Okay, so I’m jumping a little - but this one is really important. On average I probably clock up a 50 hour week (I know). I do this, in part, on purpose. My view is that five days a week Truth can have my attention and I’ll work like a trojan to get everything done that I said I would (this is important - more later on that too). The weekend, however, is categorically not up for negotiation. I will never willingly give up my weekend time to do mundane things like housework. That time is for family, and rightly so. Now those who know me well will probably be chuckling right about now, as I make no secret of the fact I have a slightly unhealthy obsession with having a ‘show home’. I love a tidy house. It makes me relax more easily and gives me a sense of calm. It took me five years to give this up and find a belter of a cleaner to come once a week to knock the house into shape. My cleaner is a lifesaver - and I think he’s fabulous. Fab because it means I don’t have to spend the weekend cleaning and fab because I’m happy with the standard. If you can afford one, use one!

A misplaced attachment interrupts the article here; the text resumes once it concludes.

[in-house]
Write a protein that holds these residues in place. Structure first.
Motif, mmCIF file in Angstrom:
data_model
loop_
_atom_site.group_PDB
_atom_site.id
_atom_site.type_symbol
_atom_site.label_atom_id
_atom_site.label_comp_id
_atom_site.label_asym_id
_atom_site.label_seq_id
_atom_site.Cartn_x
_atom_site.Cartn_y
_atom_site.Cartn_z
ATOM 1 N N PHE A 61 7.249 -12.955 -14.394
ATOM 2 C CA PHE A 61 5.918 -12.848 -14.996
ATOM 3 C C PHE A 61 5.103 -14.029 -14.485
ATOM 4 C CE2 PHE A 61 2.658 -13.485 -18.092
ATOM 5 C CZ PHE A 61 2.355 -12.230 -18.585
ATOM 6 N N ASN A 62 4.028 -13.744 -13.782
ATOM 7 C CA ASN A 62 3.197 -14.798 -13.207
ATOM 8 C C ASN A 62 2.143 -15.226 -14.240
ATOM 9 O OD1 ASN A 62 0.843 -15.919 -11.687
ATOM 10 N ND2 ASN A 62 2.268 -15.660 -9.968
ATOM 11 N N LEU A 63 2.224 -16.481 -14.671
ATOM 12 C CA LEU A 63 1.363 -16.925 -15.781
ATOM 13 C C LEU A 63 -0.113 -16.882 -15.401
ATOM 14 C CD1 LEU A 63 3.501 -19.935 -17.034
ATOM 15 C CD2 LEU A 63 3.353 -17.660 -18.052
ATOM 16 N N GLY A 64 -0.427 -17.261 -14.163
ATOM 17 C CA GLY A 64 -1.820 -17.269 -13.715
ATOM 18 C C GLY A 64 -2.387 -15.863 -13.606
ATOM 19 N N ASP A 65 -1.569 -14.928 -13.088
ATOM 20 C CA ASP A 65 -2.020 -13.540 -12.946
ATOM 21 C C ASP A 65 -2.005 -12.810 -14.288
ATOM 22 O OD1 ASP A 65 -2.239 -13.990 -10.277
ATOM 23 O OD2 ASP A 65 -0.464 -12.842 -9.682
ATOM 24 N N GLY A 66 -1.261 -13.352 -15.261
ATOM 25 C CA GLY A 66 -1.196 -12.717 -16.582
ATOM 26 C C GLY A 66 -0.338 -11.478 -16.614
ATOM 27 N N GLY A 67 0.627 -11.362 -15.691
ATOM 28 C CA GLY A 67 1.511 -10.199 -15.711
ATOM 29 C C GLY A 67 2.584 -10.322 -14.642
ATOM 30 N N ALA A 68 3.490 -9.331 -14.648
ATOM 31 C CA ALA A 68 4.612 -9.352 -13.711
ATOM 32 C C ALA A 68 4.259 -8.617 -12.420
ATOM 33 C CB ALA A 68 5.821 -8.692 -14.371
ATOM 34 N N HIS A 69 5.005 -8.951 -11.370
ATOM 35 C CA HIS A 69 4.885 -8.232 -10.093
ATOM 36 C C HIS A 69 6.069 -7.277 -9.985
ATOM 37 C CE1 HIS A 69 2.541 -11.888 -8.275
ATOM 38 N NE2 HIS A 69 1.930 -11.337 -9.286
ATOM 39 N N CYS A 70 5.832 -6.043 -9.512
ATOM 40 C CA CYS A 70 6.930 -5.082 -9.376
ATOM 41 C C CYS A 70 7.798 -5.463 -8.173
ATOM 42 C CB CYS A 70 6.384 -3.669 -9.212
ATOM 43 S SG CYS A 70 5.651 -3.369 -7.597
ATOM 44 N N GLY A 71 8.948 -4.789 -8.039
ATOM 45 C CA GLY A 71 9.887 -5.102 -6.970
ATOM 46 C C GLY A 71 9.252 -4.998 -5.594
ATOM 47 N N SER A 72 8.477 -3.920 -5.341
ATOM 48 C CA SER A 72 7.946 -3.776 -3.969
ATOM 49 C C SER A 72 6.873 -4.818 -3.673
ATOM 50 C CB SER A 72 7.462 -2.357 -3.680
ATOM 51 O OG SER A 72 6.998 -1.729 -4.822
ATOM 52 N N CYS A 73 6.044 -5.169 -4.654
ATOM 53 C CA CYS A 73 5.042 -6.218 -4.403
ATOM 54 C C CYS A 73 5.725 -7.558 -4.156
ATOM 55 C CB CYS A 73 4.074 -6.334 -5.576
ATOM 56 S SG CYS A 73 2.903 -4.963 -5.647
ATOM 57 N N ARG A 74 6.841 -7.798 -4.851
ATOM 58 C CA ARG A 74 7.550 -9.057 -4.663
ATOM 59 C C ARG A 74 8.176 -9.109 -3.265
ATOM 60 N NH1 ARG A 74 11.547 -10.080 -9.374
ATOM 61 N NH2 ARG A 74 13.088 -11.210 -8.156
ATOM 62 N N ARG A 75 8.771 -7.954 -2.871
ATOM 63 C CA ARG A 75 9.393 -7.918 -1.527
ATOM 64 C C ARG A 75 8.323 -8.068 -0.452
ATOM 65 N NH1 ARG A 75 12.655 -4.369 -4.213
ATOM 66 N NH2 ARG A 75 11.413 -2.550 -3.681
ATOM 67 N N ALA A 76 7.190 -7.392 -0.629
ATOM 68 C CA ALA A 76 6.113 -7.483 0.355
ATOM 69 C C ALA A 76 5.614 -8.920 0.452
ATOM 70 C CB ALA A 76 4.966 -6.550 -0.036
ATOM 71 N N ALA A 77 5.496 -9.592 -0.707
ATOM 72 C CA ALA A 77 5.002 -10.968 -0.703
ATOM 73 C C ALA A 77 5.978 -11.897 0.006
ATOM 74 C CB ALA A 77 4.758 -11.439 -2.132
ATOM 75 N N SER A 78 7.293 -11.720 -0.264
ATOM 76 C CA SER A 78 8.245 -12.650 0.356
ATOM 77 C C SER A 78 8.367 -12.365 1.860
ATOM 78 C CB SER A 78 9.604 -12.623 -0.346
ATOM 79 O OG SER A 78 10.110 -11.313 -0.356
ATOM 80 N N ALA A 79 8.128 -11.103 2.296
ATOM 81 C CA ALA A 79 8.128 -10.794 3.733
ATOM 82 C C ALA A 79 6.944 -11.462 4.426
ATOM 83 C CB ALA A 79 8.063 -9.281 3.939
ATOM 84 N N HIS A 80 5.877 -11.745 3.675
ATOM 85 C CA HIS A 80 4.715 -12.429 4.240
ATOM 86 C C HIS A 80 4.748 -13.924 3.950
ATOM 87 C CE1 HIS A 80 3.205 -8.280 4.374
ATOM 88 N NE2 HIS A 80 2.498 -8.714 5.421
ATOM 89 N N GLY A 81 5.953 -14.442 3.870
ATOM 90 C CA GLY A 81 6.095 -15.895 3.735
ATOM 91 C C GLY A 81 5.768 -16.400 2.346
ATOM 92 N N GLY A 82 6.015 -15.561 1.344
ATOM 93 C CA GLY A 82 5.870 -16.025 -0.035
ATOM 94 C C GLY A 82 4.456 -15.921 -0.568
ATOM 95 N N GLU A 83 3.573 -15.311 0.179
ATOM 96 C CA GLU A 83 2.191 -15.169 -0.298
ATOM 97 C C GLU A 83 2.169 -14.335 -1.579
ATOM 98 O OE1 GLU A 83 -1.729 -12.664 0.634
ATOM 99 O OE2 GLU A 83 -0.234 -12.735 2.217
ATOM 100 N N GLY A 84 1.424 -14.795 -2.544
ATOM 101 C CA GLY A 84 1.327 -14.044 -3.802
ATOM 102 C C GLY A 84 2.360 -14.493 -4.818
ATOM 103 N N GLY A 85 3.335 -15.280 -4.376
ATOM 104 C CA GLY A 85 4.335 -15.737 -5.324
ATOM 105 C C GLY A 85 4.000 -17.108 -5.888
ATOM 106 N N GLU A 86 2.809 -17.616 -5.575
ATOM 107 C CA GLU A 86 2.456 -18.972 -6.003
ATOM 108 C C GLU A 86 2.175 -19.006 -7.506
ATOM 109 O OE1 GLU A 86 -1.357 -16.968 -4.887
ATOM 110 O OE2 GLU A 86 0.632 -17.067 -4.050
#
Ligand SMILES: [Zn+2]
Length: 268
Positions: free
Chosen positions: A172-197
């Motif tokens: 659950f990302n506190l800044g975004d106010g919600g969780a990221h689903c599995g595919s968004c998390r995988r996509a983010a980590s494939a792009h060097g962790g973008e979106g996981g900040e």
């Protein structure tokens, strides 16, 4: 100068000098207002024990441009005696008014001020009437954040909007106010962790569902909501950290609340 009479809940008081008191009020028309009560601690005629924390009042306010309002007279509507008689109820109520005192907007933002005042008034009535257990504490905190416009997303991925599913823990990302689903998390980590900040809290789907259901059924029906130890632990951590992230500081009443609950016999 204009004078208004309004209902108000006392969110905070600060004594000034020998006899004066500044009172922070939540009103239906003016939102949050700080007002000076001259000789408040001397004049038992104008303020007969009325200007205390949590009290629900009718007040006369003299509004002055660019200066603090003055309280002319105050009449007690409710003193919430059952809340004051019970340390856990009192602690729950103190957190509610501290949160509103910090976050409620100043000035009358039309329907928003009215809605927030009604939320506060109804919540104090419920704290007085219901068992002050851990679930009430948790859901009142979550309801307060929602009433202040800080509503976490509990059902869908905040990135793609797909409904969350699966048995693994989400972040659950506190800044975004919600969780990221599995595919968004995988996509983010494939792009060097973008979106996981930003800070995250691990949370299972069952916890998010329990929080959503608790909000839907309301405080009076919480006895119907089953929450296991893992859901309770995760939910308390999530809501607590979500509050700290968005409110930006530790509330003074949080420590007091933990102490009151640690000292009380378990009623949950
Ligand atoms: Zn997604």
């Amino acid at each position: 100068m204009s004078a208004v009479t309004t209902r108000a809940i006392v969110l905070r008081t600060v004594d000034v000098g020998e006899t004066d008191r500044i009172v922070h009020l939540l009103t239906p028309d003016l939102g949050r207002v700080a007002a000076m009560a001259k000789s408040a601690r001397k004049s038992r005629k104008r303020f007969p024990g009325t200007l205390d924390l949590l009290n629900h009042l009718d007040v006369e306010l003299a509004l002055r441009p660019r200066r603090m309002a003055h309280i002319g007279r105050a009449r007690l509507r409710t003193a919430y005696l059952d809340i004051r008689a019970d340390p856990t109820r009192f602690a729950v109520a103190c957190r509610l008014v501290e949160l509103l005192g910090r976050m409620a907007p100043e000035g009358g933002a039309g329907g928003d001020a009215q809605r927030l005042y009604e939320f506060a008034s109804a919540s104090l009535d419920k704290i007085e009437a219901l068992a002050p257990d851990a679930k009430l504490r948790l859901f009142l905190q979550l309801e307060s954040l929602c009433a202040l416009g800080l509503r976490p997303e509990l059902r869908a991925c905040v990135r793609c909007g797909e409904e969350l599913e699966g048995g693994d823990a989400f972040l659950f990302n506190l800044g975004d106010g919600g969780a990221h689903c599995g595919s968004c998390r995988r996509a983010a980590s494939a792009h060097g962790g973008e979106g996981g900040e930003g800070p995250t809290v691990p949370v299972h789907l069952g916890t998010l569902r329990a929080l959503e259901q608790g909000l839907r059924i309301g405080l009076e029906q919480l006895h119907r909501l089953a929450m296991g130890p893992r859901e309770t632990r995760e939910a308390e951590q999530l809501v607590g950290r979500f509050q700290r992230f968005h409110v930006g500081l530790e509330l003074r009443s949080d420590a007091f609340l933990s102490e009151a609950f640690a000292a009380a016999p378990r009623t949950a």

Tip #2 – Housework.
Mine’s running. Never ran before having kids. Was, quite frankly, rubbish at it. Blotchy skin, puffing like a woman without both lungs – that type of thing… This can also bite you back however, so a slight word of warning! If I can’t run, God help those around me – I get (more) grumpy and less ‘I can do this’. I started running on a Sunday morning after having Dylan eight years ago. I discovered that pulling my trainers on, sticking my headphones in, and zoning out, is one of the best ways to manage stress, deal with emotion and work out challenges in the business and at home. Eight years on, my long run is just shy of a half marathon. I get up early and go out, back in time to enjoy the rest of the day with the family. If I didn’t do this, I would literally go crazy.